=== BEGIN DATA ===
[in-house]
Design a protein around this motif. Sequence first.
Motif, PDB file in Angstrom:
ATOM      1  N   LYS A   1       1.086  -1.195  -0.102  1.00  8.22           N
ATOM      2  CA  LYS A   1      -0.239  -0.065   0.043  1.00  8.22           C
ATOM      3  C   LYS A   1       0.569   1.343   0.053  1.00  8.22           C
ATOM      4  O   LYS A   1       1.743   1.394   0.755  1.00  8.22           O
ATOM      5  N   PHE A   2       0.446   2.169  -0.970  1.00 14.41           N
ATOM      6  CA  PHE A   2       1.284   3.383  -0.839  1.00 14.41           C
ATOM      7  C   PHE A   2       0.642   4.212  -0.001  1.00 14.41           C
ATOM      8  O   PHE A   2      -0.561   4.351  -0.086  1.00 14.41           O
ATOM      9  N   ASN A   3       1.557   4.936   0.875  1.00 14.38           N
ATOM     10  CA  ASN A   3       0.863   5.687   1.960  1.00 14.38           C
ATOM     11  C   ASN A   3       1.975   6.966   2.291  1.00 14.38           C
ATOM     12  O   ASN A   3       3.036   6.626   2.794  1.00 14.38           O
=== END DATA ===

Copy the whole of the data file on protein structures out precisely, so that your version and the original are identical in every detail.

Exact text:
[in-house]
Design a protein around this motif. Sequence first.
Motif, PDB file in Angstrom:
ATOM      1  N   LYS A   1       1.086  -1.195  -0.102  1.00  8.22           N
ATOM      2  CA  LYS A   1      -0.239  -0.065   0.043  1.00  8.22           C
ATOM      3  C   LYS A   1       0.569   1.343   0.053  1.00  8.22           C
ATOM      4  O   LYS A   1       1.743   1.394   0.755  1.00  8.22           O
ATOM      5  N   PHE A   2       0.446   2.169  -0.970  1.00 14.41           N
ATOM      6  CA  PHE A   2       1.284   3.383  -0.839  1.00 14.41           C
ATOM      7  C   PHE A   2       0.642   4.212  -0.001  1.00 14.41           C
ATOM      8  O   PHE A   2      -0.561   4.351  -0.086  1.00 14.41           O
ATOM      9  N   ASN A   3       1.557   4.936   0.875  1.00 14.38           N
ATOM     10  CA  ASN A   3       0.863   5.687   1.960  1.00 14.38           C
ATOM     11  C   ASN A   3       1.975   6.966   2.291  1.00 14.38           C
ATOM     12  O   ASN A   3       3.036   6.626   2.794  1.00 14.38           O